Wang, Y., Sommier, M. and Vasques, A. (2022), ‘Sustainability education at higher education institutions: pedagogies and students’ competences’, International Journal of Sustainability in Higher Education, Vol. 23 No. 8, pp. 174-193.  


This work is licensed under a Creative Commons Attribution-ShareAlike 4.0 International License.  

Any views, thoughts, and opinions expressed herein are solely that of the author(s) and do not necessarily reflect the views, opinions, policies, or position of the Engineering Professors’ Council or the Toolkit sponsors and supporters. 


To view a plain text version of this document, click here to download the PDF.

Author: Mark J. Heslop (University of Strathclyde). 

Topic: ESD in Chemical Engineering projects. 

Tool type: Guidance. 

Relevant disciplines: Chemical. 

Keywords: Problem-based learning; Education for sustainable development; Circularity; Circular economy; Assessment; AHEP; Sustainability; Higher education; Design; Data; Pedagogy. 
Sustainability competency: Systems-thinking; Collaboration; Integrated problem-solving.

AHEP mapping: This resource addresses two of the themes from the UK’s Accreditation of Higher Education Programmes fourth edition (AHEP4): The Engineer and Society (acknowledging that engineering activity can have a significant societal impact) and Engineering Practice (the practical application of engineering concepts, tools and professional skills). To map this resource to AHEP outcomes specific to a programme under these themes, access AHEP 4 here and navigate to pages 30-31 and 35-37.  

Related SDGs: SDG 2 (Zero hunger); SDG 3 (Good health and well-being); SDG 4 (Quality education); SDG 12 (Responsible consumption and production); SDG 13 (Climate action). 
Reimagined Degree Map Intervention: Active pedagogies and mindset development; Authentic assessment; More real-world complexity.

Who is this article for? This article should be read by Chemical Engineering educators in higher education who are seeking to integrate sustainability in their project modules. Engaging with this topic will also help to prepare students with the soft skill sets that employers are looking for. 



The design project (DP) is considered to be the major focus of the CE curriculum, where students work in groups to design a complete chemical process – feeds, products process routes, energy requirements, financial aspects and emissions.  It is considered challenging for various reasons including the following: the requirement to recall and combine knowledge covered previously in taught classes (some of which may have been forgotten), dealing with a huge corpus of data (unavailability, uncertainty, some being in conflict and some being superfluous) and all the design decisions that need to be made from many options.  This is a major contrast with standard taught modules where all the data required is normally provided in advance.  Just making decisions is not enough – they need to be timely and justified otherwise the project may be rushed and may not complete by the deadline.  This is why the DP is valued by employers.  Furthermore, if Education for Sustainable Development (ESD) is embedded in the design project, it is more likely that students will take forward sustainability into the workplace. Figure 1 illustrates Chemical processes and the design project.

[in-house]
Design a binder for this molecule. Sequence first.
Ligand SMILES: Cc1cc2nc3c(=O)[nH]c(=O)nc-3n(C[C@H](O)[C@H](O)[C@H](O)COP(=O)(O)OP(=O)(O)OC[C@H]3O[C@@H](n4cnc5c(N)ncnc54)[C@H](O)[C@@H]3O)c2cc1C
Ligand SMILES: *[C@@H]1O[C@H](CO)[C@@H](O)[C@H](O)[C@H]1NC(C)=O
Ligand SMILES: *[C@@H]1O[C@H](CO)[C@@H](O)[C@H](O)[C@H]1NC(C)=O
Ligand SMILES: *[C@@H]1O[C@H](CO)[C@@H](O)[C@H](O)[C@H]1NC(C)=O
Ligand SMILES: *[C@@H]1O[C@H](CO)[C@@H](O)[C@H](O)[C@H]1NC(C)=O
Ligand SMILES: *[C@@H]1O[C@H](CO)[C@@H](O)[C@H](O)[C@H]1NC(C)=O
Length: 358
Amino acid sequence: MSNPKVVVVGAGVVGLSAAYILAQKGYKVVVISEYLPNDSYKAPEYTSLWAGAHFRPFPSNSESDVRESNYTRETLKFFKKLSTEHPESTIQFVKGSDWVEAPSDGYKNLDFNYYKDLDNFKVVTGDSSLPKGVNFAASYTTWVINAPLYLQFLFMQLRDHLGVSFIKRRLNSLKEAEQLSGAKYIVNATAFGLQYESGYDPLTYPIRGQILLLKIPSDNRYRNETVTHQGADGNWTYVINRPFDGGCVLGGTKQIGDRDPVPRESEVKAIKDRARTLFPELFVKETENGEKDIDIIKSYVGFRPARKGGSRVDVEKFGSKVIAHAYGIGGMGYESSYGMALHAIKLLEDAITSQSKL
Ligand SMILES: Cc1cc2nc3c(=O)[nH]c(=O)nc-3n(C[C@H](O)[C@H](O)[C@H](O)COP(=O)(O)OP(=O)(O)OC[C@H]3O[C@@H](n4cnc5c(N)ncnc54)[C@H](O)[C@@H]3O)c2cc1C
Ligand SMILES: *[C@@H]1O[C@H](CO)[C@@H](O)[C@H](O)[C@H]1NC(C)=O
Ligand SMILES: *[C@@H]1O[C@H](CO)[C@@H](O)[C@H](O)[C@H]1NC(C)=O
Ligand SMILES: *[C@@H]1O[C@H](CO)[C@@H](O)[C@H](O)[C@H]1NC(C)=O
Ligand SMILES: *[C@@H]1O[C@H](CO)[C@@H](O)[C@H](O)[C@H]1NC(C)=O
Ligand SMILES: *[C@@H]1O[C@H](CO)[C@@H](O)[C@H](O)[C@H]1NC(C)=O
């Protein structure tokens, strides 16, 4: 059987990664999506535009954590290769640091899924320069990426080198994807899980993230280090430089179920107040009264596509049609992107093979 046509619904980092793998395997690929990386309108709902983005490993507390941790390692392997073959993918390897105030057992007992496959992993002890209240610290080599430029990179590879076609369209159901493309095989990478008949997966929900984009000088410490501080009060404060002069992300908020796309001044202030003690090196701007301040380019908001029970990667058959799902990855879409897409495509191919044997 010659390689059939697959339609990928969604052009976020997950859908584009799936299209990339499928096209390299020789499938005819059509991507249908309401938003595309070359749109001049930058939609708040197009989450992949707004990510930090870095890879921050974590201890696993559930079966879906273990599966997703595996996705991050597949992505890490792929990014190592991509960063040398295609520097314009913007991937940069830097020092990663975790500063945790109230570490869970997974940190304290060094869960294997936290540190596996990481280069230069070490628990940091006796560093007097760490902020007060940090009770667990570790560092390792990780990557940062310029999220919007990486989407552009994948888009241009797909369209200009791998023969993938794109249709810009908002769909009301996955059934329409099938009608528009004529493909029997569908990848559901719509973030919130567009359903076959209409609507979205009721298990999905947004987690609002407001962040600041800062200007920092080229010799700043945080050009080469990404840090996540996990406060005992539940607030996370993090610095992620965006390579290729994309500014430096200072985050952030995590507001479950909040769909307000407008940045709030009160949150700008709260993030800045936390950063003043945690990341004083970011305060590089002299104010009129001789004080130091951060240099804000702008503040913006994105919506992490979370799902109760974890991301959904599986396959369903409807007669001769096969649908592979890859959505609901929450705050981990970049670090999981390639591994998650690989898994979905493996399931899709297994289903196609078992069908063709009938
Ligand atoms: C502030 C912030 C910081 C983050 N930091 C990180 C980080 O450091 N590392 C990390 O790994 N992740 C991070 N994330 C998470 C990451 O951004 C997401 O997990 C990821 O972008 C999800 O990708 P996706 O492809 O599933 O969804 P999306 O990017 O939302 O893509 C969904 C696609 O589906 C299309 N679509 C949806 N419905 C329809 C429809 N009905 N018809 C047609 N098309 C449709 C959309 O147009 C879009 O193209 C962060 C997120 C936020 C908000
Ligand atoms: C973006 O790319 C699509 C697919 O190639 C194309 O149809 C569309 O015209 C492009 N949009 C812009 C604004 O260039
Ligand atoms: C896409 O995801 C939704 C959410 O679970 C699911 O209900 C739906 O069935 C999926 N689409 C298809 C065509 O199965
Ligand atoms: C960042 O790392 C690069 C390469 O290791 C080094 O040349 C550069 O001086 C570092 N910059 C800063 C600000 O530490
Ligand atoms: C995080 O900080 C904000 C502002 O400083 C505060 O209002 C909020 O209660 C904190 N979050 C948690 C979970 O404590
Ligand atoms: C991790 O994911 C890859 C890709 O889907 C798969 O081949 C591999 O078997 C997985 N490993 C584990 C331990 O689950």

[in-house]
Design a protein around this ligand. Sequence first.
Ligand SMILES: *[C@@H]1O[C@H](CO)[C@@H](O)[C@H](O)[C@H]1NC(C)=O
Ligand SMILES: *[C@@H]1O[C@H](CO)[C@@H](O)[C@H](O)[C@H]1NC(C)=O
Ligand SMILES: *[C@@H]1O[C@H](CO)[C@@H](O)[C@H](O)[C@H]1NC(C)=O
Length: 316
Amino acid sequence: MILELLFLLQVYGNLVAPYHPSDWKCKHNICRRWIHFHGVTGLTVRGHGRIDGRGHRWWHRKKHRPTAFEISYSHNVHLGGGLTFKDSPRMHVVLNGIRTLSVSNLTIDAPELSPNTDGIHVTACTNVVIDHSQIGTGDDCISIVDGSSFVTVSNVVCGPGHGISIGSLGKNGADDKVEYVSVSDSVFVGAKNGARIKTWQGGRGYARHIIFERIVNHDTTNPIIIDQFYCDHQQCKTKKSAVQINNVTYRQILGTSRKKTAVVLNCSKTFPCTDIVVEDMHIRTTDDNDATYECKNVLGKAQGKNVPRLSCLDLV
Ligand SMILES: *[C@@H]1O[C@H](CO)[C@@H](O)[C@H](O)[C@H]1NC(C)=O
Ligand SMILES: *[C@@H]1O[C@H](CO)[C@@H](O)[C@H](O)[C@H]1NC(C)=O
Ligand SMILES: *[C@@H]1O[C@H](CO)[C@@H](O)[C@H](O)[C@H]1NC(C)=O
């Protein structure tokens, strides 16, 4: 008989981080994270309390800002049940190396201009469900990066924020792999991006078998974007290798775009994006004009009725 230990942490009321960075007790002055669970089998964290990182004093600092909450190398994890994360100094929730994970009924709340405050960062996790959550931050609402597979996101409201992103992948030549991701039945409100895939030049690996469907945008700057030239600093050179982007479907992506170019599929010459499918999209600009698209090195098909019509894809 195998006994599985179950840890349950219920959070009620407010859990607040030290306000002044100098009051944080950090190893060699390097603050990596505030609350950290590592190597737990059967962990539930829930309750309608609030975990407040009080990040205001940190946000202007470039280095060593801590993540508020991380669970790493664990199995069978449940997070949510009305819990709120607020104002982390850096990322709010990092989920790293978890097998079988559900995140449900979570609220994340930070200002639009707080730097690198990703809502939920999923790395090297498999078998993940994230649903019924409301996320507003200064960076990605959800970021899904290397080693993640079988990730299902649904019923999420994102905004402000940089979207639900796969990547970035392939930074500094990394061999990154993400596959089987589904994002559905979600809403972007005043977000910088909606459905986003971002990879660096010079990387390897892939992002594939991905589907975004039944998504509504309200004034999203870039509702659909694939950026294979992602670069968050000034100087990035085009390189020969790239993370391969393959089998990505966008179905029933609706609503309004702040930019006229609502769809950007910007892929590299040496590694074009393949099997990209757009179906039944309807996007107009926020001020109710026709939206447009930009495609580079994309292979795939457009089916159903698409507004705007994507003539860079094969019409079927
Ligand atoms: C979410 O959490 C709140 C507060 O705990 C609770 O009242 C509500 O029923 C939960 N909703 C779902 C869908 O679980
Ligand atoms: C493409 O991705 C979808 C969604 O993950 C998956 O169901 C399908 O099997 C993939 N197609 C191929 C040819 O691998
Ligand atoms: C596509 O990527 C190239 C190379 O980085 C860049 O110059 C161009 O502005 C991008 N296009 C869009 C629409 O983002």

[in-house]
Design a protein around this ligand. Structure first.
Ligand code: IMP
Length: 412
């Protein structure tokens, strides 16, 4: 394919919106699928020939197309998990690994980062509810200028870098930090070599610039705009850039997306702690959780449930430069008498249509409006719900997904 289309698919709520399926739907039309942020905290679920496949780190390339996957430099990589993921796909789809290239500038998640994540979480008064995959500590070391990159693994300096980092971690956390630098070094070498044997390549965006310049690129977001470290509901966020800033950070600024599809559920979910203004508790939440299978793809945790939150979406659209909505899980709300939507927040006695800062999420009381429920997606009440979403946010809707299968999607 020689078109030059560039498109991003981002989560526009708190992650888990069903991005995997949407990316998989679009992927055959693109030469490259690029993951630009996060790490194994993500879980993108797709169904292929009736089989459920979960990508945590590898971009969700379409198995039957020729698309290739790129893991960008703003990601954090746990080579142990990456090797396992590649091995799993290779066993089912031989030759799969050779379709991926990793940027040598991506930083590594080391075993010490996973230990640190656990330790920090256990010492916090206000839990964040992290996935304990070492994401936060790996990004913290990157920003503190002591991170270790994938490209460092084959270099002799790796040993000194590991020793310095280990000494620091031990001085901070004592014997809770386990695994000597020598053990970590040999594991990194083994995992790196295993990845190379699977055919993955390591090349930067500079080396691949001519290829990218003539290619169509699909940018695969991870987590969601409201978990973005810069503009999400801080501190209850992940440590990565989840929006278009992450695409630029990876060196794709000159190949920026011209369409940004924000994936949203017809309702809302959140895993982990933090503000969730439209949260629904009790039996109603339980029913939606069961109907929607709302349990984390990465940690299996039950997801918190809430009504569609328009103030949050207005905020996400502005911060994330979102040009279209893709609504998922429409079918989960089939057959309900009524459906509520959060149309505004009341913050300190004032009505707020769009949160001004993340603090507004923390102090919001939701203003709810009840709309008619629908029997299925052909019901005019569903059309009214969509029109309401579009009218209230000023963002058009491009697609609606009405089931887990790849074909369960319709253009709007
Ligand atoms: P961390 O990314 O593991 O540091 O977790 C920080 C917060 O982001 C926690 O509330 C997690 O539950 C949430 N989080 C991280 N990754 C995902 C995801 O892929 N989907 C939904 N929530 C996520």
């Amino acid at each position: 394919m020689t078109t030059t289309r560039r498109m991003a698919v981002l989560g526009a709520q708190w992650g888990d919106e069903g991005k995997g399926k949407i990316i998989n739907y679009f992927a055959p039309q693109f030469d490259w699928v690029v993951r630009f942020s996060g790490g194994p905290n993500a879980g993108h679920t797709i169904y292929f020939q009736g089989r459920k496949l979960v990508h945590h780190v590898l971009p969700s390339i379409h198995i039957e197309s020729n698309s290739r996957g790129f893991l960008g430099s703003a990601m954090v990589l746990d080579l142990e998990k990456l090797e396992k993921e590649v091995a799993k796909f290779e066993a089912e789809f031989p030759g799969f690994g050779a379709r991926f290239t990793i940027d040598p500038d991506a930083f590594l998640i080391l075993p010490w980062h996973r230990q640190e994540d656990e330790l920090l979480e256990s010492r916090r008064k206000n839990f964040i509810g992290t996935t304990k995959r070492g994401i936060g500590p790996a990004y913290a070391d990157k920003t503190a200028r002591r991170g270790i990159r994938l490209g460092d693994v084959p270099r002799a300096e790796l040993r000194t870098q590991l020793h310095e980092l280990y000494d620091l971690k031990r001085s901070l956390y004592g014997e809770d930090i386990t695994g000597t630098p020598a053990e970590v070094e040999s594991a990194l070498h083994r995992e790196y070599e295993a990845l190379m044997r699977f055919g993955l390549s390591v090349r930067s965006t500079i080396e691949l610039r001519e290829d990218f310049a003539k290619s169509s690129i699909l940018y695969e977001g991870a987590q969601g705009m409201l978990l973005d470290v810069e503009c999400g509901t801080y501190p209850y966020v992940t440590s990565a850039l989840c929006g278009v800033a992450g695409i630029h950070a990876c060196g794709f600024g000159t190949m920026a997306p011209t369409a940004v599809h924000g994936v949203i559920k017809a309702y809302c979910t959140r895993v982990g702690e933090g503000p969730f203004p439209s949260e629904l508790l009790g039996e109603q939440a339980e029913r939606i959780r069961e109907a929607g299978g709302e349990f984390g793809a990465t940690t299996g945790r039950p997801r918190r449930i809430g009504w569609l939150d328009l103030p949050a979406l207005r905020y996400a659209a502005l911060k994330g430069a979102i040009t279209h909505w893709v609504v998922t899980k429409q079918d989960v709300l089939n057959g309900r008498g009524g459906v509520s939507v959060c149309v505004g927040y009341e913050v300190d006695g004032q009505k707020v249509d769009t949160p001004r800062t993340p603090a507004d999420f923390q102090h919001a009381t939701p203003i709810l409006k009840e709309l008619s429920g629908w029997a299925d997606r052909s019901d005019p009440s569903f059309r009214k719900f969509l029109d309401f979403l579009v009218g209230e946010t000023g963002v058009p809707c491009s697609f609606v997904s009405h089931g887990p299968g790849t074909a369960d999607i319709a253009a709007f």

1. Subject (CE) and DP pictorial representations:

Part (a) is a generic representation of a chemical process and shows the input-output nature of chemical processes.  A chemical process takes a feed and converts it to useful products (the process shown has two equipment units and four streams). Part (b) is a representation of the design project, where the specification (or brief) is provided to groups at the start (DSpec) and the final submission (or solution) is the information in part (a).  Part (c) shows that specifications can be product-based (the top two) or feed-based (the bottom two).  The dashed lines indicate specifications where the flowrate and composition of the feed/product is subject to design choice – a typical factor that will extend the design procedure and require more decision-making. 


 2. Inclusion of sustainability in the project topic and communication with students:

This is fairly straightforward in CE design projects, because of the circular economy and the associated waste minimisation.  So, from Figure 1, a feed-based (rather than product-based) specification can be employed.  Topics that have been used at Strathclyde in recent years have been the utilisation of coffee grounds, food waste and (in 2024) green and garden waste. It is helpful that such topics can be linked to many of the UN SDGs. Furthermore, waste products are often complex with many components, and one of the characteristics of chemical engineering is the various separation techniques. These two factors should be communicated to students to improve engagement.   


3. Inclusion of sustainability as an ESD activity to be carried out by groups: